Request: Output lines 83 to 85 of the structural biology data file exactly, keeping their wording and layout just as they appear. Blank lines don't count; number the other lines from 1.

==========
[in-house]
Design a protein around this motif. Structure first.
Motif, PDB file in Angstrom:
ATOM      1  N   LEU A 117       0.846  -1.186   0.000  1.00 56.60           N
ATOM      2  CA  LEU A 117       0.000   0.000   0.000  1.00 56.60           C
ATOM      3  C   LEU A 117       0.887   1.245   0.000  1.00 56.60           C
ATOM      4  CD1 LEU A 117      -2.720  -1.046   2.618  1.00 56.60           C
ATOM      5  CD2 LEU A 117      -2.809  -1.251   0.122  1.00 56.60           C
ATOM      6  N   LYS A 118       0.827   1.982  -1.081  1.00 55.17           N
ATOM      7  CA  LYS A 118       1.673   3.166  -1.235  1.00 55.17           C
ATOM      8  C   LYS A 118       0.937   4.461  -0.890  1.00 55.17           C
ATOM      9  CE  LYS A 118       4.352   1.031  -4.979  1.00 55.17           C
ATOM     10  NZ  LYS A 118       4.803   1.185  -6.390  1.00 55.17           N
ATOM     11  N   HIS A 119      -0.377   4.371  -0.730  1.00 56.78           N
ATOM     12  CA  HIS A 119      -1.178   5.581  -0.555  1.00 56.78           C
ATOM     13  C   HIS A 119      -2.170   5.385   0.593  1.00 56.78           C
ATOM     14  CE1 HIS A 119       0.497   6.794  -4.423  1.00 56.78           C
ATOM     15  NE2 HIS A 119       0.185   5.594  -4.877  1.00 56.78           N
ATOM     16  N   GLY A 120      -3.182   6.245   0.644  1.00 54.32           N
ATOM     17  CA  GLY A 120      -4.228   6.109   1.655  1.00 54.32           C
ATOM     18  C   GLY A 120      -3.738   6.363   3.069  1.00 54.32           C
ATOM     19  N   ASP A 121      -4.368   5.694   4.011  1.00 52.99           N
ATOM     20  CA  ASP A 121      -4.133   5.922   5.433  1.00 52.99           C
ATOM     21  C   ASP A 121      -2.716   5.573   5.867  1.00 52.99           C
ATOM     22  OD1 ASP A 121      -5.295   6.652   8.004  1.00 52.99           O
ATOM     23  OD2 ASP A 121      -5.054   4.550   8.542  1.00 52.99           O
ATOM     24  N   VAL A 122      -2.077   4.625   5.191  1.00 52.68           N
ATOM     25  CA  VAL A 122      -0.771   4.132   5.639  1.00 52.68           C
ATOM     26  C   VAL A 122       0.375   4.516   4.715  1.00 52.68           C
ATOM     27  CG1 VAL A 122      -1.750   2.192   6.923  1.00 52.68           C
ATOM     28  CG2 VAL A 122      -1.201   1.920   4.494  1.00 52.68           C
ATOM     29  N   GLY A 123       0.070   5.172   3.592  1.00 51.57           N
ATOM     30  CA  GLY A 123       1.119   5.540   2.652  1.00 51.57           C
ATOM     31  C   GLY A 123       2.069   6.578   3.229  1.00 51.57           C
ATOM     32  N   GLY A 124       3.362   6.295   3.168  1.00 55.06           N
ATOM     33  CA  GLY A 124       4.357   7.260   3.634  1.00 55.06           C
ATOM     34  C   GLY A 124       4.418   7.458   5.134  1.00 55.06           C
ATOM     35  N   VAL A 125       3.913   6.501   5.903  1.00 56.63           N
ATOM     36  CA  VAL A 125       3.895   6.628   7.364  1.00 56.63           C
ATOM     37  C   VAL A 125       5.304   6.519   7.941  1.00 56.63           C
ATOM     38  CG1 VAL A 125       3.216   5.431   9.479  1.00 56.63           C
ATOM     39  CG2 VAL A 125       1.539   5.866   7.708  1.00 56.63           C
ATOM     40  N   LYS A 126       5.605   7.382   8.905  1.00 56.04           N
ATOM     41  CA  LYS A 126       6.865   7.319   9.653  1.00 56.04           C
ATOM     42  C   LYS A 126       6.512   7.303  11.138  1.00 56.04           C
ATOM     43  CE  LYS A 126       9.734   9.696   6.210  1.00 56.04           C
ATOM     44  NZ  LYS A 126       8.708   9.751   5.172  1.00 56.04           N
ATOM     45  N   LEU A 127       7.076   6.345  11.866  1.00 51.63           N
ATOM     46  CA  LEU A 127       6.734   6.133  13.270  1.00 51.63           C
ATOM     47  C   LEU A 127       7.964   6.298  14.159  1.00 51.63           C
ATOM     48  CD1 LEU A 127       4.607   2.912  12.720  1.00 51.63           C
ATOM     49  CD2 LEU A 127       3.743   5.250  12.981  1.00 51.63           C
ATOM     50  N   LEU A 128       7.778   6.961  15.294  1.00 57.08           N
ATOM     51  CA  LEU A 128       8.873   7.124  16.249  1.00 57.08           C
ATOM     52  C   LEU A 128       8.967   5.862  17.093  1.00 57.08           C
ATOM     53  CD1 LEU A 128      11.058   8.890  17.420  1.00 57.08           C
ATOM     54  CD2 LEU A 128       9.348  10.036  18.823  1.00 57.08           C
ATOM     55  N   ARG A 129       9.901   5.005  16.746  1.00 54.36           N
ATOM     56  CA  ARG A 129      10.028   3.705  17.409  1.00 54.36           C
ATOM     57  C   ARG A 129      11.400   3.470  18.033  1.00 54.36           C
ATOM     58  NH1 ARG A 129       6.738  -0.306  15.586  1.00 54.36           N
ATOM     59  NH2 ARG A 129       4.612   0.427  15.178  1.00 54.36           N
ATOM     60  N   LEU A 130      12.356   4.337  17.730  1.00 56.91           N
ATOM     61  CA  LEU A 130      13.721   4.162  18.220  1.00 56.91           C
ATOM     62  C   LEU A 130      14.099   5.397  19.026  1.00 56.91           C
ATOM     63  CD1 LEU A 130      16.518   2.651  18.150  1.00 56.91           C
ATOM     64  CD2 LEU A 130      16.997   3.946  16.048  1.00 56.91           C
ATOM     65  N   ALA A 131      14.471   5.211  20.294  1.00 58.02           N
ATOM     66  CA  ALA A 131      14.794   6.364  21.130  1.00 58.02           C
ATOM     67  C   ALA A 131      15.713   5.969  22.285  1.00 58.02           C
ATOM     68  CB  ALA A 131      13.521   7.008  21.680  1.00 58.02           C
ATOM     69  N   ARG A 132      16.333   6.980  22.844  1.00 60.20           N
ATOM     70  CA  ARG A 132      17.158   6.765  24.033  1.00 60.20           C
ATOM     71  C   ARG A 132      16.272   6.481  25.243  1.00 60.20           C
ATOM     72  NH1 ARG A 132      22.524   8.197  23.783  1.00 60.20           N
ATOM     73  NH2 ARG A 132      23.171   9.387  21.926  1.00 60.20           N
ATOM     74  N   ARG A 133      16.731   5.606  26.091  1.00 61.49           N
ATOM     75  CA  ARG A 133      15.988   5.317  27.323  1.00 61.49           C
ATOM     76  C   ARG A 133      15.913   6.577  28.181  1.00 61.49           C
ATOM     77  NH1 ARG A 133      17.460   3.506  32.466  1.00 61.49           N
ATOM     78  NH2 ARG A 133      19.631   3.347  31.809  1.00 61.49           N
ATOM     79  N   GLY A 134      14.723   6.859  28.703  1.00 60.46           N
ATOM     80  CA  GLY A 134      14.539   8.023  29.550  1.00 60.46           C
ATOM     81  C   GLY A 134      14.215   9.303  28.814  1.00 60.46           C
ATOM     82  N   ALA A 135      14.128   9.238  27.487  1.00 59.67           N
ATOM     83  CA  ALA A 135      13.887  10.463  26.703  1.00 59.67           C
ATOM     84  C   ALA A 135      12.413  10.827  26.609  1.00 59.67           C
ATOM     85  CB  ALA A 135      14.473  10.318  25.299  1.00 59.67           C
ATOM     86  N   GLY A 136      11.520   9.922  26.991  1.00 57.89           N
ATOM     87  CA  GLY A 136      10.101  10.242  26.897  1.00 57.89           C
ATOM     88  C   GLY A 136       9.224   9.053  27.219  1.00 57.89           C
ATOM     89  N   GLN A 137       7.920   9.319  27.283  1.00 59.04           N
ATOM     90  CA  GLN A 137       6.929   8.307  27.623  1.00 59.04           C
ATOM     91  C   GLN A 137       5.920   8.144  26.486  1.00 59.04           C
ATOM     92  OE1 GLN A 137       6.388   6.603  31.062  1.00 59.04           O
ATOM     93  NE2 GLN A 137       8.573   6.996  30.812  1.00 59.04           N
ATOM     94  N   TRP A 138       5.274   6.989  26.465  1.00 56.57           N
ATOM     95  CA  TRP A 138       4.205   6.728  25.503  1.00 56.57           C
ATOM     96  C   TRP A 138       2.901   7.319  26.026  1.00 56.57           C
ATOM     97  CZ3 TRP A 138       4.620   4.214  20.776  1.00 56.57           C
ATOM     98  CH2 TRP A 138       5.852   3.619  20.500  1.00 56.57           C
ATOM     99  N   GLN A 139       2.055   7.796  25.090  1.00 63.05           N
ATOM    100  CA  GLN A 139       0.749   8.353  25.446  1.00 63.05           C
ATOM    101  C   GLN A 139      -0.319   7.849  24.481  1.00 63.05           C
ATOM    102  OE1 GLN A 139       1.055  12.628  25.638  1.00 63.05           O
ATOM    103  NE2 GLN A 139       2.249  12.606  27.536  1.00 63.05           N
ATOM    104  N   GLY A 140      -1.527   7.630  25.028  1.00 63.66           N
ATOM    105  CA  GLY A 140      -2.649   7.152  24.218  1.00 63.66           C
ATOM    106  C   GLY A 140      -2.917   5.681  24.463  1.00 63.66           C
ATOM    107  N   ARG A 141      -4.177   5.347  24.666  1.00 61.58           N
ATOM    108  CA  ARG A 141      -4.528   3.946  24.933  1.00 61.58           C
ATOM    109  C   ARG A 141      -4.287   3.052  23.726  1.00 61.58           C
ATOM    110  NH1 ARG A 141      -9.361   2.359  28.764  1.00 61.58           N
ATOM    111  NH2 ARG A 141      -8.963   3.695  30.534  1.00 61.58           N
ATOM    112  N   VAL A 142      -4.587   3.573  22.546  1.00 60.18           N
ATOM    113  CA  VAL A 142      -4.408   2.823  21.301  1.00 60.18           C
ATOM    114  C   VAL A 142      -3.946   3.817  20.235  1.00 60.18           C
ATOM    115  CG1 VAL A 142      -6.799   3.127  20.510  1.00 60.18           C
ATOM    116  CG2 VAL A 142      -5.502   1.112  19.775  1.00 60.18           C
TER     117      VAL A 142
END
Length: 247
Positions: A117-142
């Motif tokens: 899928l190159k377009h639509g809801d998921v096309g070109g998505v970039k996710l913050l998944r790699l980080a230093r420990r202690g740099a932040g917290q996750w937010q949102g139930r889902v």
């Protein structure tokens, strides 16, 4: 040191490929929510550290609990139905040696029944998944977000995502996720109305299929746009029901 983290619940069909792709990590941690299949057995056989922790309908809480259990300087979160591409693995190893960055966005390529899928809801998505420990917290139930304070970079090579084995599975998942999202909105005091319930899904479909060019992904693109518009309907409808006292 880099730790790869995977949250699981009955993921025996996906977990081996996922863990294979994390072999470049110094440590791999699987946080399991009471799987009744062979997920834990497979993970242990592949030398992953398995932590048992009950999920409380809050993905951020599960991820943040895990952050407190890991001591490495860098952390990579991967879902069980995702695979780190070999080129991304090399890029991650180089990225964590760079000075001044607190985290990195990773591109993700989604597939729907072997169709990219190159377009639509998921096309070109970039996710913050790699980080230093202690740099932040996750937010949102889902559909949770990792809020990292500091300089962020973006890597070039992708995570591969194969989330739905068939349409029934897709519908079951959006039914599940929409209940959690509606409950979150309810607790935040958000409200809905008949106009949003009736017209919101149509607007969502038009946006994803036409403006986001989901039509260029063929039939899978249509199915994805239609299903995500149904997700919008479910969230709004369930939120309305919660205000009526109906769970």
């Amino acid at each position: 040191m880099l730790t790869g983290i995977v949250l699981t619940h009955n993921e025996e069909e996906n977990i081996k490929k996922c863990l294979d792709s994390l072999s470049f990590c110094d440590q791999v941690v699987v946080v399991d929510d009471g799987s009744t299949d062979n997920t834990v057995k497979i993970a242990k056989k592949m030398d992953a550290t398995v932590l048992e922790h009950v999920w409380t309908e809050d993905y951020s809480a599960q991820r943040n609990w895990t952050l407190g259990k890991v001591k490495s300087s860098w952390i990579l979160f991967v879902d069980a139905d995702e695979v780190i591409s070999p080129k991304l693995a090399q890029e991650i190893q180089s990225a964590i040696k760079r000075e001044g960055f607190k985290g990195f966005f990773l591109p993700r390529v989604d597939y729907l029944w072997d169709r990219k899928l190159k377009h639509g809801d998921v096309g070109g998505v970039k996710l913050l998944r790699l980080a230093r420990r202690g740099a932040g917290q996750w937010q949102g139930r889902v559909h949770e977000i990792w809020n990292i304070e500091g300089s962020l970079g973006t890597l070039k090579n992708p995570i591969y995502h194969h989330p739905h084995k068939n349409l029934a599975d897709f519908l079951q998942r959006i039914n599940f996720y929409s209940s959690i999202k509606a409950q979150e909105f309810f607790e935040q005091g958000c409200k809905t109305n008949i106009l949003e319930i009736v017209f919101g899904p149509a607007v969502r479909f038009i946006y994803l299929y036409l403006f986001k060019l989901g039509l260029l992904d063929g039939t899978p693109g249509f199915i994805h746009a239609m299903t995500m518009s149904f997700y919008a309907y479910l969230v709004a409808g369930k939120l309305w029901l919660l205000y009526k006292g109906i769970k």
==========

ATOM     80  CA  GLY A 134      14.539   8.023  29.550  1.00 60.46           C
ATOM     81  C   GLY A 134      14.215   9.303  28.814  1.00 60.46           C
ATOM     82  N   ALA A 135      14.128   9.238  27.487  1.00 59.67           N